There is so much more to enjoy at DRC than just the music. The regular wrist-slap I receive for tardy blog posting, counting the minutes until Danny Baker gets name checked and how many times ‘Spirit of Eden’ can be mentioned in one meeting. My favourite feature recently has been the increasingly haunted looking expression on my more cultured colleague’s faces, as I prepare to reveal my selection.
Such foreboding can only really be generated by a combination of confidence and ignorance on my part and I would like to think I didn’t disappoint this week!
I have always really liked this album for the energy, enthusiasm and live ‘vibe’ that comes through on it. Yes, the band get carried away when they could have kept things a little more open and not so busy. Yes, there are moments when they decide to show off a bit too much, but I’ve always found a little bit of irresistible charm and exuberance here.
Like the millions who bought this, I heard “Two Princes” first, before buying the album. Strangely the album had been out for over a year before anything happened for the band. While genning up on this week’s selection, I am reliably informed that there was a pseudo-hippie, jam-oriented blues rock scene in New York in the early 90’s. Can’t say I was aware, and certainly hadn’t noticed this scene crossing the Atlantic over to Exeter. This album certainly doesn’t have any urban sophistication I might expect from a New York sound, though there are some jazzy touches here and there. As I said on the night, maybe I like this so much as it fills so many gaps in my collection.
Leaving the better known singles, “Two Princes” and “Little Miss….” aside, the rest of the album is a mash-up of blues/funk/boogie/jam etc., etc…., with bits of hillbilly/redneck thrown in for luck. Too much for some I’ll agree, but with energy of a band who had honed their live show before commercial success, I think they get away with it (with the notable exception of the last track on the original release, ‘Shin Bone Alley..”, which verges on Tappish “freefall jazz odyssey” territory).
My personal favourite is ‘Refrigerator Car’, which sounds like it could have been a demo from ‘Second Coming’, or a lift straight off “Physical Graffiti’.
If the single, ‘Cleopatra’s Cat’, didn’t put anyone off their follow up album, the reviews would have done. In the space of 3 albums the band went from selling millions to 75,000 and being dropped by Epic. Their last album in 2005 has had some good things said about it and I may give it a try one day. After a few break-ups and line up changes, the original line up were still touring last year.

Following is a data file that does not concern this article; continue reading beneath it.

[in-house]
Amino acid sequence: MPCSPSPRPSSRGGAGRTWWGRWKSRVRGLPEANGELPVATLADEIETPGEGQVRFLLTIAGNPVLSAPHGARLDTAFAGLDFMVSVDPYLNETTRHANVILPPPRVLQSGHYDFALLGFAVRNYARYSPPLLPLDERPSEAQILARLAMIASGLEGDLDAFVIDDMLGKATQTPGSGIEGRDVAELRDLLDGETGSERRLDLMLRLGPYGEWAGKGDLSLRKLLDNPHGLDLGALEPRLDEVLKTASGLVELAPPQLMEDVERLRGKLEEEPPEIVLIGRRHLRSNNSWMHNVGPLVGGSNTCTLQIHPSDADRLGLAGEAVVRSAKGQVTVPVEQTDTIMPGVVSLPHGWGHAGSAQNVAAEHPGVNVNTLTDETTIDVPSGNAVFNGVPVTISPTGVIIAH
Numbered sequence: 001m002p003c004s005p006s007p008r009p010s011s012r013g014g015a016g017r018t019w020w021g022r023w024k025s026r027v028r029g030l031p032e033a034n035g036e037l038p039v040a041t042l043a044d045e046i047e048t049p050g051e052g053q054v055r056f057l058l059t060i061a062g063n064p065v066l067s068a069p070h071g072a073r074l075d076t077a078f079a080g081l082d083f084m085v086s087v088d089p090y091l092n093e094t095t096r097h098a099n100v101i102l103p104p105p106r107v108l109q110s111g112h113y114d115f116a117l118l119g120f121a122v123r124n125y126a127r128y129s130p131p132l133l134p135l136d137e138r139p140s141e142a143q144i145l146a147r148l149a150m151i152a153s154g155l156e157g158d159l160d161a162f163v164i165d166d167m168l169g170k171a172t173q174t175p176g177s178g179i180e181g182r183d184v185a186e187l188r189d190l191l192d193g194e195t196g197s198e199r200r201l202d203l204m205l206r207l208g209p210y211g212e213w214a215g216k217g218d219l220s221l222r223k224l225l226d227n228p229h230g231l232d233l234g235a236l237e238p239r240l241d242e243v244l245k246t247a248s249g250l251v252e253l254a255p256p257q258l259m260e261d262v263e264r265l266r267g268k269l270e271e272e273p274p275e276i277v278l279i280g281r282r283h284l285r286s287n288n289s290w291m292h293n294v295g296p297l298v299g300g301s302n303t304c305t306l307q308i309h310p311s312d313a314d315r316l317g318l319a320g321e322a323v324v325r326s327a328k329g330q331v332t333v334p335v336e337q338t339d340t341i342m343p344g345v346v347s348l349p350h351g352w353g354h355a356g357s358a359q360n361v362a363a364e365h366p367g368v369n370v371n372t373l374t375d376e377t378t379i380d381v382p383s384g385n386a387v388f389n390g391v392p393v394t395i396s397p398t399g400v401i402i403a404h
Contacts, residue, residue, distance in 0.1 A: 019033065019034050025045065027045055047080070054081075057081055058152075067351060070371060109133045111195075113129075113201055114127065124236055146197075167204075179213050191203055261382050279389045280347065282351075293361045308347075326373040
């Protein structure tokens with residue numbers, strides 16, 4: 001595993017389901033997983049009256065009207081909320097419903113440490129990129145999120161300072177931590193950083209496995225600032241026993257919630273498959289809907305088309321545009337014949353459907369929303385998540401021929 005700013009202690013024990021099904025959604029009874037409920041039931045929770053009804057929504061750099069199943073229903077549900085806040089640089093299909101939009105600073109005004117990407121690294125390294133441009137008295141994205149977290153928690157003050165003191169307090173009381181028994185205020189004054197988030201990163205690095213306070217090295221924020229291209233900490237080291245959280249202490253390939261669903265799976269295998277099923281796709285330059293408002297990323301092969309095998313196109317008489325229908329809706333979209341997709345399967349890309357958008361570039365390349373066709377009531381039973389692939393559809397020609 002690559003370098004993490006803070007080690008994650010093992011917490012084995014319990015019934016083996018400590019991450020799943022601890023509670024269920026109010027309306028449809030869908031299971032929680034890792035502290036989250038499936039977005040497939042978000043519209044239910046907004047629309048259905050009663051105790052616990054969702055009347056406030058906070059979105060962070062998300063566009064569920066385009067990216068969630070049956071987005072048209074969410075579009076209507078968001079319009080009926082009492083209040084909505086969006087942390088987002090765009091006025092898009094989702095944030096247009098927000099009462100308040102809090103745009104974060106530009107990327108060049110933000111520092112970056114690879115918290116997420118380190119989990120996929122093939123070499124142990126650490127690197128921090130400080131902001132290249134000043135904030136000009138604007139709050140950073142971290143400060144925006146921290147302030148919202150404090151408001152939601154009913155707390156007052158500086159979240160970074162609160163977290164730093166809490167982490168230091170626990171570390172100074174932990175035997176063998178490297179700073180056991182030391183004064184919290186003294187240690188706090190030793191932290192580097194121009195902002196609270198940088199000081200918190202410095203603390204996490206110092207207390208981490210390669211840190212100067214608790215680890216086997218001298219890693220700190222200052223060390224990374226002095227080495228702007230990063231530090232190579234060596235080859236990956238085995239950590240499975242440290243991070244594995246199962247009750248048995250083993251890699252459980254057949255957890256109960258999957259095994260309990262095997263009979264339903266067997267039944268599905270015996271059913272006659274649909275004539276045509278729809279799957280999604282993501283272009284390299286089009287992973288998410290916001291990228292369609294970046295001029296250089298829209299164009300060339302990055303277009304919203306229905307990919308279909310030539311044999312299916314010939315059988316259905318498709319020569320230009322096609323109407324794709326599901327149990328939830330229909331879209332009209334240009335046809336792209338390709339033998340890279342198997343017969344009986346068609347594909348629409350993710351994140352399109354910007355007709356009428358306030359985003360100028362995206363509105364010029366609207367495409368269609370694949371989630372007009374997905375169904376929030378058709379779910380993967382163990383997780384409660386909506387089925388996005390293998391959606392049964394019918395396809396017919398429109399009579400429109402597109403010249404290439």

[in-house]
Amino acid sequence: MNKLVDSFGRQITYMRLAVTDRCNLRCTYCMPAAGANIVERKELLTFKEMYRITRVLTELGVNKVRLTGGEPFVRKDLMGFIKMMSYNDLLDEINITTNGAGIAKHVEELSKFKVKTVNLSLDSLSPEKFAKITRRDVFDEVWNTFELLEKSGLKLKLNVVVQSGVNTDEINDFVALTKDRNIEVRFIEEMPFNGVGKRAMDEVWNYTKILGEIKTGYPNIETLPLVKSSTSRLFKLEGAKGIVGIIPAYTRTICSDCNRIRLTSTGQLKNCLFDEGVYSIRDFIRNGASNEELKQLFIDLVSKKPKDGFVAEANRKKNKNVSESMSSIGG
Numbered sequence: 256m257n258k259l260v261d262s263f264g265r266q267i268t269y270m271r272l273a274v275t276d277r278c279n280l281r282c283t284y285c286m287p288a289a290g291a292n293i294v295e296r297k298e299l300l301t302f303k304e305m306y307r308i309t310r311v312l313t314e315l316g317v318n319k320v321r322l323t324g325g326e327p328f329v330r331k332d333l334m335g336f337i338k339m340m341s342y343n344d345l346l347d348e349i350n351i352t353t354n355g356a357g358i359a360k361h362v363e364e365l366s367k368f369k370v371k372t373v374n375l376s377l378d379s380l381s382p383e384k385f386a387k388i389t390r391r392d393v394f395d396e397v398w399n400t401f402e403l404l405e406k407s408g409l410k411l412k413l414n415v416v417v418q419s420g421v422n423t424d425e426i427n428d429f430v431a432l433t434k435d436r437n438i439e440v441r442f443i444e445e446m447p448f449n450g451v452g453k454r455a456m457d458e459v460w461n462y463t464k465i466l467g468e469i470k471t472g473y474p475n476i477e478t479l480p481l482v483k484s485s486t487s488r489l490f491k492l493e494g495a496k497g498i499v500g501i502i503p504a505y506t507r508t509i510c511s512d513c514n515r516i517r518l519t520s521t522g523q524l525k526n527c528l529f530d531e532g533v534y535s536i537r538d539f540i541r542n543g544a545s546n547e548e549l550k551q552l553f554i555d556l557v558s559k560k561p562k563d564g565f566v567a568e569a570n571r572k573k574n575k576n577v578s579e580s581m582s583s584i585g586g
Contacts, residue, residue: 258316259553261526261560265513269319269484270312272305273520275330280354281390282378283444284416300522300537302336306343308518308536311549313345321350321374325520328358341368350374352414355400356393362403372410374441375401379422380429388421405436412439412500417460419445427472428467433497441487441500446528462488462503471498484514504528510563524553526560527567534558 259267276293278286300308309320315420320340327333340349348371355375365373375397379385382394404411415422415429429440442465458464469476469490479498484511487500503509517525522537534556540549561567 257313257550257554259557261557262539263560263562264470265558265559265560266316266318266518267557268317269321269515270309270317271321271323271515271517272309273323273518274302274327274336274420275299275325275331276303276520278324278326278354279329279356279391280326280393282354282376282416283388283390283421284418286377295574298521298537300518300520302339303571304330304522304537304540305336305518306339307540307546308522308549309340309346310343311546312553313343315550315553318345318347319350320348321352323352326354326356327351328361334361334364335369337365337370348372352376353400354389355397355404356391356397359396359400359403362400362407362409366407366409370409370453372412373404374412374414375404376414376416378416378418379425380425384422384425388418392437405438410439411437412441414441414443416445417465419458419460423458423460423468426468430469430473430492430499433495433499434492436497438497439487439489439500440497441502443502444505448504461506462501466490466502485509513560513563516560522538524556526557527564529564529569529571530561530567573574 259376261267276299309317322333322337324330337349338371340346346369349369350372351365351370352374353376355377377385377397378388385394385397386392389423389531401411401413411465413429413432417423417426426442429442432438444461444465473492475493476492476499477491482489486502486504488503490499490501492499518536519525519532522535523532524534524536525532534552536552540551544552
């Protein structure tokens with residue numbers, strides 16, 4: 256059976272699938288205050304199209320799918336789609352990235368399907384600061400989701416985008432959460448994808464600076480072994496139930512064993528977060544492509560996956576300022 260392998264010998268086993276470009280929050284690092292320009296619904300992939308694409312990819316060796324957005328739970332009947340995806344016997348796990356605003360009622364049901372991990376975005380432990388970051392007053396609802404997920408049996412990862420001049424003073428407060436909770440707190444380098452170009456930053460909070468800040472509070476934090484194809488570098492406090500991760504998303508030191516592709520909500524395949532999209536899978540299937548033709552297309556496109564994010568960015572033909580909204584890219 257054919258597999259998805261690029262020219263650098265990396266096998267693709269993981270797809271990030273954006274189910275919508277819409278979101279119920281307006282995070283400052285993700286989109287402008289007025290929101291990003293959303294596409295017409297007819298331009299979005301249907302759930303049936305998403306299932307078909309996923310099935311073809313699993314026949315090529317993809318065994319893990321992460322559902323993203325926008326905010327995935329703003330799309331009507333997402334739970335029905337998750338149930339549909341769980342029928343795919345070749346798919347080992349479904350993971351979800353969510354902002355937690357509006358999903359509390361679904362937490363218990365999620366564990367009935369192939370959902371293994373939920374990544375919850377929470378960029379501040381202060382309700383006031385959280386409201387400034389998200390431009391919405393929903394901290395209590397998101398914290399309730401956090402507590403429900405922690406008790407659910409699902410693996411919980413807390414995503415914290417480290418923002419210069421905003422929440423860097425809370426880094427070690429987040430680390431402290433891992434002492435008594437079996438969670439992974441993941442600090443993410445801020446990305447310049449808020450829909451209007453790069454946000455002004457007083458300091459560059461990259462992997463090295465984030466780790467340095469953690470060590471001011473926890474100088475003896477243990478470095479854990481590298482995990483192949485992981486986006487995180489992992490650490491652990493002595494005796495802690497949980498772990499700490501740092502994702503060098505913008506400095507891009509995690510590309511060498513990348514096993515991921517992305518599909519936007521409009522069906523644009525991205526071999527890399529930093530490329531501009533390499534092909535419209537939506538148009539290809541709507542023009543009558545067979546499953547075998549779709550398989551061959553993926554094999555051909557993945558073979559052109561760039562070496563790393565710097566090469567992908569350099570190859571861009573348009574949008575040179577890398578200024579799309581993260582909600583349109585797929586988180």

Still sounds great to me and I’m sure my colleagues have a view (retires safe in the knowledge he has 2 rounds of comments to catch up on….)
Nick listened: I never know whether Graham’s going to play something I know and love (Dust by Screaming Trees, Scott 4, The The, Hendrix), or something I’ve subconsciously avoided (Roger Waters!). To be fair, his hit-rate is considerably better than he suggests above!
Spin Doctors, I’m afraid, probably fall into the latter camp, though. Whilst Two Princess is an all-time great pop single, a whole album of ostentatious funky guitar upstrokes, super-sharp 1991-vintage snare sounds, borderline slap-bass-playing, and wannabe-soulful vocals was a bit much to take. Especially when they went 12-minute funk odyssey at the end. There’s something over-eager, and thus “not quite tasteful”, about the whole thing. The strange thing is that, superficially at least, what Spin Doctors were doing wasn’t a billion miles from Jane’s Addiction, who are equally over-eager and “not quite tasteful” (not tasteful at lal, in fact), but somehow there’s an edge to JA which makes it acceptable to the music snob. I imagine Spin Doctors would have been a thoroughly rollicking live party band, but I’m not loving the record.
Interestingly, after The Modern Lovers last time out, Spin Doctors felt like the least “New York” band to come from New York ever. I have no idea why, but something about them screamed California at me.
Tom Listened: Sometimes music appreciation (or lack of appreciation) defies logical consideration. As I listened to Pocket Full of Kryptonite, I couldn’t really work out what it was about it that I found so unappealing. The guy’s voice is fine, the bass lines are funky and fun, the playing in general is accomplished, certainly in terms of what the band is setting out to do, but mashed together I found the whole to be much less than the sum of its parts (kind of the opposite of Spirit of Eden, which happens to be one of Graham’s favourite albums in case you didn’t know). Maybe the context didn’t do The Spin Doctors any favours – if it came on at a party I would probably have an enjoyable (and acutely embarrassing) boogie to it, but then I rarely get invited to those sorts of parties (or any parties come to think of it).
Rob listened: First things first. If any of the comments above, and obviously I can’t be bothered to read them, imply that the group found ‘Pocket Full of Kryptonite’ anything less than toe-tapping, then those what wrote them are damned liars. I was there and toes were tapped. Other than that, I agree with everything Tom and Nick said. I guess The Spin Doctors were, ultimately, victims of their own constraints, or limitations if you prefer. Nowhere to go from here except tighter or weirder and neither of those sound like interesting moves. Still, it sure sounds like they had a heap of fun making this record, and that’s something.